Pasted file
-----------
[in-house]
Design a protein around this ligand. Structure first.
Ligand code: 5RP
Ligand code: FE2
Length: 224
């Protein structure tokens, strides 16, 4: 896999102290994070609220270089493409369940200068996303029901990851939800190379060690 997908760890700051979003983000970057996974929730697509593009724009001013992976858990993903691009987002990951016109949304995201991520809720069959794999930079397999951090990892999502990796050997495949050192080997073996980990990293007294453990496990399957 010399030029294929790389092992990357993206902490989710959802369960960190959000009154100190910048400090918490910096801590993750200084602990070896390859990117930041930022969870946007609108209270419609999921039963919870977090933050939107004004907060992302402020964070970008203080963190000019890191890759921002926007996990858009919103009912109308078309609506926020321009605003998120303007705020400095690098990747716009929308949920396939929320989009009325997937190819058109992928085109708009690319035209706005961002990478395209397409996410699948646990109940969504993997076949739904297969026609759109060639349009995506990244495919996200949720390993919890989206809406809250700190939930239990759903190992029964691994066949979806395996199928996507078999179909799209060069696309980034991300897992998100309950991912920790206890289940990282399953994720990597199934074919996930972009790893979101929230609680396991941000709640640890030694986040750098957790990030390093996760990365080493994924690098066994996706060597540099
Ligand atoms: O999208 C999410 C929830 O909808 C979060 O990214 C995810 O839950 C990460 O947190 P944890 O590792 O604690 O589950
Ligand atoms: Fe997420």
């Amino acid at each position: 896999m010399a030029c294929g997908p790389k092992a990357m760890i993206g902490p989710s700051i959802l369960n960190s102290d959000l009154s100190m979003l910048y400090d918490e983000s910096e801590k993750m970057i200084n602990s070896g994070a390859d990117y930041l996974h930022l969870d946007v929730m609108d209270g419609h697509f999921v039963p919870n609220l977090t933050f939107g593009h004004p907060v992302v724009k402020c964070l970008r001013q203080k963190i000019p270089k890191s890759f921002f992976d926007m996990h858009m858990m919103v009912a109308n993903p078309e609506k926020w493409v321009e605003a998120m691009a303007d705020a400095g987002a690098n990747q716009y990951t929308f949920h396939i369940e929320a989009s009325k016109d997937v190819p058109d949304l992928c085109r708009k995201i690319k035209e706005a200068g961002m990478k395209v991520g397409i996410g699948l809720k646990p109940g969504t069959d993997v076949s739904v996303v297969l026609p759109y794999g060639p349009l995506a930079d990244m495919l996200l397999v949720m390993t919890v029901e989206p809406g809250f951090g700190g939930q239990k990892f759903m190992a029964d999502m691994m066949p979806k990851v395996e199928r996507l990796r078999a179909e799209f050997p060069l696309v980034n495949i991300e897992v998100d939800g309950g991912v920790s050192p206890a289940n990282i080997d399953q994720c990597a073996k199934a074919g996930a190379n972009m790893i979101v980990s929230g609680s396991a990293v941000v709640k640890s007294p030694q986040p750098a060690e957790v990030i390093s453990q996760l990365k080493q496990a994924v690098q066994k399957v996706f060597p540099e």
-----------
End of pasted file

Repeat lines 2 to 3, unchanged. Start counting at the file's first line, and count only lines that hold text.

Design a protein around this ligand. Structure first.
Ligand code: 5RP